All-Fish Team: #7 – Ivan Rodriguez

All-Fish Team: #7 - Ivan Rodriguez

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When you’re only a member of a franchise for one full season, it’s tough to warrant being named one of it’s best players of all time. That is unless you accomplish what Ivan “Pudge” Rodriguez did in 2003. That season, Pudge called some of the biggest games and made some of the team’s biggest plays, making him an integral part of the leadership that brought the Marlins back atop the mountain and gave them their second World Series title in six years and thereby making him the greatest Marlin to ever wear the number seven.

Rodriguez got his start in baseball as a child in Puerto Rico as a little league pitcher. However, he was too good at it. So good that his father received complaints from other parents in the league that his arm was scaring other children and making them not want to go to games on days they knew Rodriguez was throwing. As a means of mercy, Rodriguez’s dad moved him to catcher. Little did he know later in life his presence behind the plate would strike similar fear in potential base stealers.

At age 16, Rodriguez was noticed by scout Luis Rosa, the same scout that discovered the likes of Sandy and Roberto Alomar and Pudge’s little league rival, Juan Gonzalez. Even in his teenage years, Rosa said he saw things in Pudge he had rarely seen in many others, including his ability to captain his team both tangibly and intangibly.

“Pudge was hard-nosed, even then,” Rosa has said. “He showed leadership at 16 that I’d seen in few kids. He knew where he was going.”

After signing with the Texas Rangers in 1988, Rodriguez made his minor league debut as a 17-year-old. In two full seasons and a small part of a third in MiLB, he hit .265/.296/.370 with 125 RBI on 68 XBH. Even though the numbers were decent enough for a teenager adjusting to life in both the United States and in the professional baseball ranks, a major league call-up after just 969 ABs, only 50 of which came in the upper minors and none of which came in AAA seemed a bit premature. However, upon making his MLB debut in June of 1991 at age 19, nine and a half years younger than the average big leaguer and the second youngest player in baseball, second only to Todd Van Poppel by 12 days, Pudge debunked that belief by hitting .264/.276/.354 in his first 80 MLB games. He also threw out 36 of 70 or 49% of potential base stealers making him the best behind-the-plate gun slinger in the league. At season’s end, Rodriguez placed fourth in Rookie of the Year voting.

Pudge spent the next ten years with the Rangers placing the building blocks of a legacy that has a lot of people today calling him one of the best catchers of all time. From 1992-2002, Rodriguez slashed .307/.345/.496 with a BA and SLG that ranked second among all of baseball’s backstops. Over that same span, he gunned down 424 of 842, or an even 50% of potential base swipers which blew away the rest of the competition in baseball (among qualifiers with 1,000+ innings played). Accordingly, in that 1,391 game span, Rodriguez posted a 499.2 RAR and a 48.9 WAR, making him the 15th most valuable player in the league and the second most valuable catcher. Those marks were made possible by a 89.4 Off rating (calculated, in short, by adding park adjusted RAA with weighted stolen base and double play runs RAA and ultimate baserunning rating and determines how good a player’s all-around offensive game (as opposed to only what he does with the bat or, in other words, his weighted OBP or runs created) is compared to a replacement level player), which ranked fifth among backstops as well as a ridiculous 209.7 Def rating (or positional adjusted runs above average) a mark that was 71.5 runs better than his next closest competitor. In each of those ten seasons, Rodriguez was selected as an All-Star and a Gold Glove winner. In six of them, he won the Silver Slugger award. His best single season over the course of his first 11 seasons (and arguably the best season of his career) came in 1999. That year, Rodriguez hit .332/.356/.558 with the seventh best AL BA and its 9th best SLG. His 35 homers were the 11th most in the AL and set a new league record for long balls by a catcher, his 113 RBI ranked 14th, and his 116 runs scored ranked seventh. Never really known as much of a base stealer, Pudge somewhat surprisingly swiped 25 bags, making him the first catcher in the then 98 year history of the American League to steal at least 20 bags and hit at least 20 homers in a single season. All of this spelled out a 20.9 Off rating, 22nd in his league and second among all catchers. Behind the plate, Pudge was his usual spectacular self that year, once again leading baseball in caught stealing percentage this time with a 55% (41/75). His 28.2 Def rating not only once again led all catchers by a wide margin, he was actually the seventh best defensive player in all of baseball. Altogether, by way of a 71.4 RAR and a 6.8 WAR, Rodriguez was the eighth most valuable position player baseball and the fourth most valuable position player in the AL. In a very close race with Pedro Martinez, Roberto Alomar, Manny Ramirez and others, Pudge won the AL MVP Award. At just 27, with his career not even half over, Rodriguez had people, including opposing managers, calling him one of, if not the single greatest catcher of all time and advising Cooperstown to get a jump-start on the carving of his Hall Of Fame plaque.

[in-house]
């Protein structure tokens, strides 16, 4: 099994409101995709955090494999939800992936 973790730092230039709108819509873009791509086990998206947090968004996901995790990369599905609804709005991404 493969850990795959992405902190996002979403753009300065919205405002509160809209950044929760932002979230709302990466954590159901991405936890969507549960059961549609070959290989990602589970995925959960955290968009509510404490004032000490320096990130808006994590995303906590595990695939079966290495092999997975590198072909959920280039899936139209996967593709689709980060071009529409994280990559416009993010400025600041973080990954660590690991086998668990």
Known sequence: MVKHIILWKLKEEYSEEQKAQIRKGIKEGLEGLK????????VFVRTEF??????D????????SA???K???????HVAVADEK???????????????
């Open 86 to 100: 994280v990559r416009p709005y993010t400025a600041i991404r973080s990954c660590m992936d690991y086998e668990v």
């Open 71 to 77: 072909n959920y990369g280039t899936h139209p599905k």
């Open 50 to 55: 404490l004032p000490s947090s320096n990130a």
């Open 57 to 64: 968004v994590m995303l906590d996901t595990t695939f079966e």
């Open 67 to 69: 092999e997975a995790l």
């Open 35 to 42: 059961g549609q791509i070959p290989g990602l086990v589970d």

“He might be the best catcher I’ve ever seen,” Blue Jays skipper Jim Fregosi said. “He could retire right now and go into the Hall of Fame. Johnny Bench had more power, but Bench never had this guy’s quickness.”